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Volume 4 Number 5

Too many people in the general public continue to think that teaching is a job that anyone can do. Wrong! Teaching is a special calling. Teaching is a mission.
Overworked and Under- appreciated - A Tribute to Teachers...
Applying for a Teaching Job in a Tight Market, Part 1 Effective Teaching by Harry & Rosemary Wong
Listening Lessons -- How to Help Kids Learn and Comprehend Promoting Learning by Marv Marshall
Streamlining the Writing Block 4 Blocks by Cheryl Sigmon
Extreme Reading! Postcard from Planet Esme - News from the world of children's books by Esmé Codell
Springtime Learning Clubs---Simple Solutions to Spring Fever! Instant Ideas for Busy Teachers by Barbara Gruber and Sue Gruber
SGID: Teachers Learn From Student Feedback -- Small Group Instructional Diagnosis Leads to Increased Learning Teachers As Learners by Hal Portner
There's A Book Inside of You! - You Reflect On Your Idea eBook Authoring by Glenn F. Dietzel
Hassles on the School Bus Ask the School Psychologist by Beth Bruno
It's That Time Again, Ginny's List of Ten The Eclectic Teacher by Ginny Hoover
I Retired From 'Teaching' Back in 2009 and Now I'm Back! - Reporting from the future (Part 2) Ed-Tech Talk by Dr. Rob Reilly
Language Arts Sites Part 1 The Busy Educator's Monthly Five (5 Sites for Busy Educators) by Marjan Glavac
May Articles
May Regular Features
May Informational Items
Gazette Home Delivery:

About Esmé Codell...
Esmé is the author of the highly acclaimed and bestselling Educating Esmé: Diary of a Teacher's First Year, which received favorable reviews from magazines such as Entertainment Weekly, People,The New Yorker, Elle and Kirkus. Educating Esmé won Foreword Magazine's memoir of the year, and the distinguished Alex Award for outstanding book for young adult readers. Her abridged diary appeared in Reader's Digest. She has been a keynote speaker for the International Reading Association and the American Library Association. She gave a "virtual" keynote for the National Education Association's "Stay Afloat!"online conference for first-year teachers and was dubbed "Generation X's answer to Bel Kaufman and Frank McCourt" in February's NEA Today. Esmé was a featured speaker at the National Museum for Women in the Arts and has appeared on CBS This Morning and CNN. Esmé's public radio reading, "Call Me Madame," produced by Jay Allison for the Life Stories series earned her first place for National Education Reporting from the Education Writer's Association. Her performance prowess was also seen on CSPAN's Book Talk and heard on NPR's Voice of America. She is a children's literature specialist who graduated summa cum laude from Northeastern Illinois University in 1992, and is certified in the field of K - 8 Elementary Education with an endorsement in Language Arts. She has five years of teaching experience and five years of experience as a children's bookseller. She runs the popular children's literature web site, Planet Esmé (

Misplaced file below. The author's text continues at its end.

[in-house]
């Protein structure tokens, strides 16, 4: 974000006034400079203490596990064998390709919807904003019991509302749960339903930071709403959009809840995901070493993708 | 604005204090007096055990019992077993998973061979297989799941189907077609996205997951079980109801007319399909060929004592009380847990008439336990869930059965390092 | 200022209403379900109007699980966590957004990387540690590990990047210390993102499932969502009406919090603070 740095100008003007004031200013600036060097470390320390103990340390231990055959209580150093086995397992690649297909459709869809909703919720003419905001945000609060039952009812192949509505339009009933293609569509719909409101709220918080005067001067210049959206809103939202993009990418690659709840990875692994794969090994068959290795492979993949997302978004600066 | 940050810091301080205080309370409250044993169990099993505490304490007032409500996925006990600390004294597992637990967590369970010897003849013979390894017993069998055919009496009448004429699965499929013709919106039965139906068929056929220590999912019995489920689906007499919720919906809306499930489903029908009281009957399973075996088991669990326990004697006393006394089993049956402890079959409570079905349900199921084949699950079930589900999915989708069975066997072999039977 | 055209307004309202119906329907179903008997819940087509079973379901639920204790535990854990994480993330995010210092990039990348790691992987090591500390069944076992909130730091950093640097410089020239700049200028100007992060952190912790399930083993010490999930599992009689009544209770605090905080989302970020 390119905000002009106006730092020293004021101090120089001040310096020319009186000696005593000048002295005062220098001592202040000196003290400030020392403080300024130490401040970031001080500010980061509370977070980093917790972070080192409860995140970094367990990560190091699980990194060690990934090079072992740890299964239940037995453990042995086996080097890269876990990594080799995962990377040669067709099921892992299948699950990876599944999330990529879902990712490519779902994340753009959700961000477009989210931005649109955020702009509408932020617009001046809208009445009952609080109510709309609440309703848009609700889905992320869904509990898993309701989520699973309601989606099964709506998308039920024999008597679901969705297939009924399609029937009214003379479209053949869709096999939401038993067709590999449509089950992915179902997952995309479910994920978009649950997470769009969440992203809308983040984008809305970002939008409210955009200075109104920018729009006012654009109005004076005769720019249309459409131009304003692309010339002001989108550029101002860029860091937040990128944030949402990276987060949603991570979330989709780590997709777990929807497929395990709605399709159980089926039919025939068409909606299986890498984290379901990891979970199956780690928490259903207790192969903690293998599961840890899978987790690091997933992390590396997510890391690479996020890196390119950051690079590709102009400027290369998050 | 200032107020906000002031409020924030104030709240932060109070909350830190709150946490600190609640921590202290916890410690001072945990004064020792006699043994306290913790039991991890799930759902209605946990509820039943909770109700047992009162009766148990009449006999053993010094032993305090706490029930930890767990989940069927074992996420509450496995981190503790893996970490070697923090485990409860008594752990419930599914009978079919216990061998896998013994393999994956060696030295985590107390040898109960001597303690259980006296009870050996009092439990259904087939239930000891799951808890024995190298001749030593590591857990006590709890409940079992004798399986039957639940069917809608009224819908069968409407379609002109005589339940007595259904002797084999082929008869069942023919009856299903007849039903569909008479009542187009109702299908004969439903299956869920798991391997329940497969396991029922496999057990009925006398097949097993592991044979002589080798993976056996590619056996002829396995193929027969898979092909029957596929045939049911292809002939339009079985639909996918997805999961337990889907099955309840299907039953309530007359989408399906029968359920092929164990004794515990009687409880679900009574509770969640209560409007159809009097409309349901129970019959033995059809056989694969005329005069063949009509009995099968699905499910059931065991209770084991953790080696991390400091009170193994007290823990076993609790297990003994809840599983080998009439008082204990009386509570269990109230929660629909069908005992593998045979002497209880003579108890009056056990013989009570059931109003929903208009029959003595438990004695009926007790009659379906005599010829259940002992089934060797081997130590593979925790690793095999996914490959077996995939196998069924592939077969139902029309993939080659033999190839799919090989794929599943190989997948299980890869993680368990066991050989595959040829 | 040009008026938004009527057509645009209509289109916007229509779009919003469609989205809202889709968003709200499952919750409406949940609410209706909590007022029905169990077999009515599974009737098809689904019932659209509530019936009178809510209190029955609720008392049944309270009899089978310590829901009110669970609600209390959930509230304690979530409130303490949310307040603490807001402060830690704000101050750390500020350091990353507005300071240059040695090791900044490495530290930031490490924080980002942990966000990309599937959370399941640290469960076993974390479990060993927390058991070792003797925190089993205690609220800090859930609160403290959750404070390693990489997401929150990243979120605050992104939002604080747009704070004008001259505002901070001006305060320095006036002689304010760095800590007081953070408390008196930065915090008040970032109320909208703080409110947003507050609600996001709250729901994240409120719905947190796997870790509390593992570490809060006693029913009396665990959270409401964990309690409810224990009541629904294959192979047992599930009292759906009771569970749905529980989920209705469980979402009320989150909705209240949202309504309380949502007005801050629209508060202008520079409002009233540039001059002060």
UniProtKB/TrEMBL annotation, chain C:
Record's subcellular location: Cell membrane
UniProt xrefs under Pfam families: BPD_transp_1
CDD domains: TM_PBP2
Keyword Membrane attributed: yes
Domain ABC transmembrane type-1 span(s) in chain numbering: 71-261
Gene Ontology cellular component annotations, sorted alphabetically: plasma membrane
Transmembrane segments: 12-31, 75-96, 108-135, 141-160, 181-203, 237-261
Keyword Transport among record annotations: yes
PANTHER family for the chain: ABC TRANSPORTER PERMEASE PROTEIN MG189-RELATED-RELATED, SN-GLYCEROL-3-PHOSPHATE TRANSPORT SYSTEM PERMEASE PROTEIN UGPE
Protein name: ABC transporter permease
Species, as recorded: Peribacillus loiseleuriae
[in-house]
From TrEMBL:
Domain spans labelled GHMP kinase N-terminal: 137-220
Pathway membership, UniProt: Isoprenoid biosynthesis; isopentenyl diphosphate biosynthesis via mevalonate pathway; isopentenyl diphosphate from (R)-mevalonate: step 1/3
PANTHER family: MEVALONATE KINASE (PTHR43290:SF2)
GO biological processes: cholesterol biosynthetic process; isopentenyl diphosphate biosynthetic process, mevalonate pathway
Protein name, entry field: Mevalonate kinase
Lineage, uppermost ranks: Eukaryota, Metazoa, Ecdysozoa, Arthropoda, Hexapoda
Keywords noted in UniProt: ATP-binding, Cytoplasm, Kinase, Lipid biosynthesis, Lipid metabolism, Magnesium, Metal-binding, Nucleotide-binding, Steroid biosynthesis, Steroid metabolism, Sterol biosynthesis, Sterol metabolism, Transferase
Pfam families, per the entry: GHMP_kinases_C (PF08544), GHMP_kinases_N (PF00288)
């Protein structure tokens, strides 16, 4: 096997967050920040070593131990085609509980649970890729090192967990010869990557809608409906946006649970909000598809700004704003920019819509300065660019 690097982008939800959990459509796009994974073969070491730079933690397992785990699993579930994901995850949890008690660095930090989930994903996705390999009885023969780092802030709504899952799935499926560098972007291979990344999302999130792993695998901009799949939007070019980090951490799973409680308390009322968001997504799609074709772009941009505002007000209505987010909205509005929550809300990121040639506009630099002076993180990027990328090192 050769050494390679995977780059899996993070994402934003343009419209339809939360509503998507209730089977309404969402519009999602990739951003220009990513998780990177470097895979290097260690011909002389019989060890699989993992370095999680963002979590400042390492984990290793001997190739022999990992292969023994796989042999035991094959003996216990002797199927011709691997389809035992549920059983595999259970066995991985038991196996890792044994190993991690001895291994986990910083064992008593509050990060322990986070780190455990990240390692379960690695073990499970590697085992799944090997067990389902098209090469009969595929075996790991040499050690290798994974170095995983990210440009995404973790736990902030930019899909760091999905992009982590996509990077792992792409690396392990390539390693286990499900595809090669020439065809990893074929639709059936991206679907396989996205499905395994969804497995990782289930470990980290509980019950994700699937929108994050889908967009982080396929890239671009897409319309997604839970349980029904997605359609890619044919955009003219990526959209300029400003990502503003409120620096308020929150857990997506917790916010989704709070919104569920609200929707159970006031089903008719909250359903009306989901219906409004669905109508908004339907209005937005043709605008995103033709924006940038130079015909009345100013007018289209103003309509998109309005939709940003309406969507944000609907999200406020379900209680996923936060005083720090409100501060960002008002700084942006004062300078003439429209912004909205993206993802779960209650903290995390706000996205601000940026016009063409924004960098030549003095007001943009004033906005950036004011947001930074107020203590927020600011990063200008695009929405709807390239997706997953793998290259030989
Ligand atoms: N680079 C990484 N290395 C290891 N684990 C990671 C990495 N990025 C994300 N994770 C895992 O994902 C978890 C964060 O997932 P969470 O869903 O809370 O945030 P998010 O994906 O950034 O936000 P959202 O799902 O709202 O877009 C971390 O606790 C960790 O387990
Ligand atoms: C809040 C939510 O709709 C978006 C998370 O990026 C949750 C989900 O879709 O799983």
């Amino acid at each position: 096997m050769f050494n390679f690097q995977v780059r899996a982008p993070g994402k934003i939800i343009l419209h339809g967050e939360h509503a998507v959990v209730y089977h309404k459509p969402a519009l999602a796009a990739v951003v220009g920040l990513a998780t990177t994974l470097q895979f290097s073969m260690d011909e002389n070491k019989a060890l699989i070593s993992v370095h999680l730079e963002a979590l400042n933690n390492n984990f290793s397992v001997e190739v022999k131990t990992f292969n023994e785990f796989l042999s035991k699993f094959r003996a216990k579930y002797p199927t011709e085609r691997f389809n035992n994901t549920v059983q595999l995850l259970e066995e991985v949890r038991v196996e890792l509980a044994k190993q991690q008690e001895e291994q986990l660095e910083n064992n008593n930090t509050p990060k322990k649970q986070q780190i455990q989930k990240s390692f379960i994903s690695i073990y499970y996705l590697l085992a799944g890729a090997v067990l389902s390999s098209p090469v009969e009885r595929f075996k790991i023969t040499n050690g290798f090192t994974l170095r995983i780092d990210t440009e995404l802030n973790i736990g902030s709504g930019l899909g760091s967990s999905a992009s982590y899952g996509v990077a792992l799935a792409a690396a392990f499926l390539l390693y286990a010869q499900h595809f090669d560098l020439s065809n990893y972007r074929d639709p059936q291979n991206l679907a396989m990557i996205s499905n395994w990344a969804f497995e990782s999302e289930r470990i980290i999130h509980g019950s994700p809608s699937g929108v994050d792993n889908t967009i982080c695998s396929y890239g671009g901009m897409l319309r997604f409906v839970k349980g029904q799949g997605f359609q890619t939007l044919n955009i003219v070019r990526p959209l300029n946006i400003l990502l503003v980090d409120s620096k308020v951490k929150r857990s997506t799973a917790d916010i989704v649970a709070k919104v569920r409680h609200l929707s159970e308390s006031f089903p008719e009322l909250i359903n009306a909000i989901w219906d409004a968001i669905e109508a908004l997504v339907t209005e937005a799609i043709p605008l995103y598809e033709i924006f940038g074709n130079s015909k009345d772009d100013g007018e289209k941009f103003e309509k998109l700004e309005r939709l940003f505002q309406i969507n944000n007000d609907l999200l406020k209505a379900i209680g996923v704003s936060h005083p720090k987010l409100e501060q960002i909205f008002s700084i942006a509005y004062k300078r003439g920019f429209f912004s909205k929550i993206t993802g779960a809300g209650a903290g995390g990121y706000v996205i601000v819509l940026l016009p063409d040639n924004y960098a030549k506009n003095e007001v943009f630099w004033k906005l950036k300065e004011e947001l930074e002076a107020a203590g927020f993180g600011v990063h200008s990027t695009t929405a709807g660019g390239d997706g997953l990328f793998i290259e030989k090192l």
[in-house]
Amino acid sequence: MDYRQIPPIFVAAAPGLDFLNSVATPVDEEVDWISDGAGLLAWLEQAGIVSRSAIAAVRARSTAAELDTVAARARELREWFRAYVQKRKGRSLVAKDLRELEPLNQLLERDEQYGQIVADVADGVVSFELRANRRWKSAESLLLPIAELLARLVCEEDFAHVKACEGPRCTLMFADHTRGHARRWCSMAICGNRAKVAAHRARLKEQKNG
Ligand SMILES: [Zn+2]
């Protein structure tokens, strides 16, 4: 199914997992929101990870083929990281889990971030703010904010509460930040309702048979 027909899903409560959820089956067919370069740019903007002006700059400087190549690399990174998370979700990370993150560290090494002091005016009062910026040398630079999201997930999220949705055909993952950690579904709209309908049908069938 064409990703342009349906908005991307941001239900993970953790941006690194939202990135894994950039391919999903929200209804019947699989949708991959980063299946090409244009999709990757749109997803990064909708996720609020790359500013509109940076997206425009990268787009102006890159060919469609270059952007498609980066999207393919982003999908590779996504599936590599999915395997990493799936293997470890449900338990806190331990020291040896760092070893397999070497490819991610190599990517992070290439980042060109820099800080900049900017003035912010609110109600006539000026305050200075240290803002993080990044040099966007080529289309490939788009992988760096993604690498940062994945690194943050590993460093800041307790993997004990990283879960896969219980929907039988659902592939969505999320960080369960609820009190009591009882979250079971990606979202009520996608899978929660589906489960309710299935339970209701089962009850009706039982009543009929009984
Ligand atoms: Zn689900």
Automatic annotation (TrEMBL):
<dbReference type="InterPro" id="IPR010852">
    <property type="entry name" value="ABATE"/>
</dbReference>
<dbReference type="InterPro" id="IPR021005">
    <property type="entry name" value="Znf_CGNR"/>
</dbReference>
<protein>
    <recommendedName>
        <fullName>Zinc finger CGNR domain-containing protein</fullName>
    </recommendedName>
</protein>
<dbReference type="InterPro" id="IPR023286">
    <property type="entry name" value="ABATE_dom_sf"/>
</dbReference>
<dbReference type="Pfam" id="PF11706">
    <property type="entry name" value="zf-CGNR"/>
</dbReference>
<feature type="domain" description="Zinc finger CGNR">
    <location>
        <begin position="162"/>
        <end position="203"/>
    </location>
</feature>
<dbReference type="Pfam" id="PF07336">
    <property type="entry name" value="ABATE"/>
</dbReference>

Postcard from Planet Esme
by Esmé Codell
Planet Esmé (
Extreme Reading!

Teaching is an extreme sport come Spring, when a young man's fancies turn to thoughts of recess. Nothing short of bungee jumping will capture the attention of your resident daydreamers, so may I suggest…bungee jumping! Vicariously, that is, using Gary Paulsen's wild new read-aloud, How Angel Peterson Got His Name And Other Outrageous Tales About Extreme Sports. Another harrowing writing feat from the Ernest Hemingway of children's lit, we are forewarned early on, "…None of what we did should be done by anybody except heavily insured, highly trained professionals under adult supervision on closed courses with ambulances, doctors and MedEvac choppers standing by." So put on a helmet and begin reading this memoir of Paulsen's 13th year, in which boys wrestle bears in an effort to impress girls, a penny-pinching young lad inadvertently takes up hang-gliding in an effort to protect his investment, and a confident troupe sets out to break the world speed record on skis in the flatlands of Minnesota. Ouch, these stories are so good they hurt, and should be considered gut-wrenchingly funny until some kid decides to imitate one of the stunts. Paulsen optimistically dedicates the book "to all boys in their thirteenth year; the miracle is that we live through it." Pray for such a miracle and recommend this book which will perform the equally miraculous stunt of getting pre-teen reluctant reader boys turning pages fast enough to break a world record.